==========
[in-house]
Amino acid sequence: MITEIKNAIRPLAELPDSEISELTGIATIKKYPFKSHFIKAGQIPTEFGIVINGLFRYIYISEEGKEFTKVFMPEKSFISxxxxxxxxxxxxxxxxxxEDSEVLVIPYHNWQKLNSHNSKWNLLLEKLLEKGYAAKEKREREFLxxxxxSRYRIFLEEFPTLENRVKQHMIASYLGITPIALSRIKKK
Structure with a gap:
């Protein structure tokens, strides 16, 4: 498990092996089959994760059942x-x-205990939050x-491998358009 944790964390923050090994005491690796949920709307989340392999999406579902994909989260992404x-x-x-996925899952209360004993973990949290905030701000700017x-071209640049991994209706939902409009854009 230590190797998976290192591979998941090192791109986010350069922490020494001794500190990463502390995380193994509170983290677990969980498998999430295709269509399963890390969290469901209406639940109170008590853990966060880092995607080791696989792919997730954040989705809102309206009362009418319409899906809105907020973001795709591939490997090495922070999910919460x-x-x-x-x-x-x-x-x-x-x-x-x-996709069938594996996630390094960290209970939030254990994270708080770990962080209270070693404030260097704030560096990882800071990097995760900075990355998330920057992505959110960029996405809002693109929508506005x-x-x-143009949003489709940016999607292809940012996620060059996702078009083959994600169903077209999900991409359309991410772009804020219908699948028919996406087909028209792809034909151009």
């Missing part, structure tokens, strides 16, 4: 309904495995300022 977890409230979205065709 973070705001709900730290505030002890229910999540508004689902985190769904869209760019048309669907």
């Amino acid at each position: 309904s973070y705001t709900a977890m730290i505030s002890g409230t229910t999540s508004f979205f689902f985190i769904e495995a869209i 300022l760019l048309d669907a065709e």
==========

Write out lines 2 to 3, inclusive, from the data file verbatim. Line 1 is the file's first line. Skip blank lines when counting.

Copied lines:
Amino acid sequence: MITEIKNAIRPLAELPDSEISELTGIATIKKYPFKSHFIKAGQIPTEFGIVINGLFRYIYISEEGKEFTKVFMPEKSFISxxxxxxxxxxxxxxxxxxEDSEVLVIPYHNWQKLNSHNSKWNLLLEKLLEKGYAAKEKREREFLxxxxxSRYRIFLEEFPTLENRVKQHMIASYLGITPIALSRIKKK
Structure with a gap: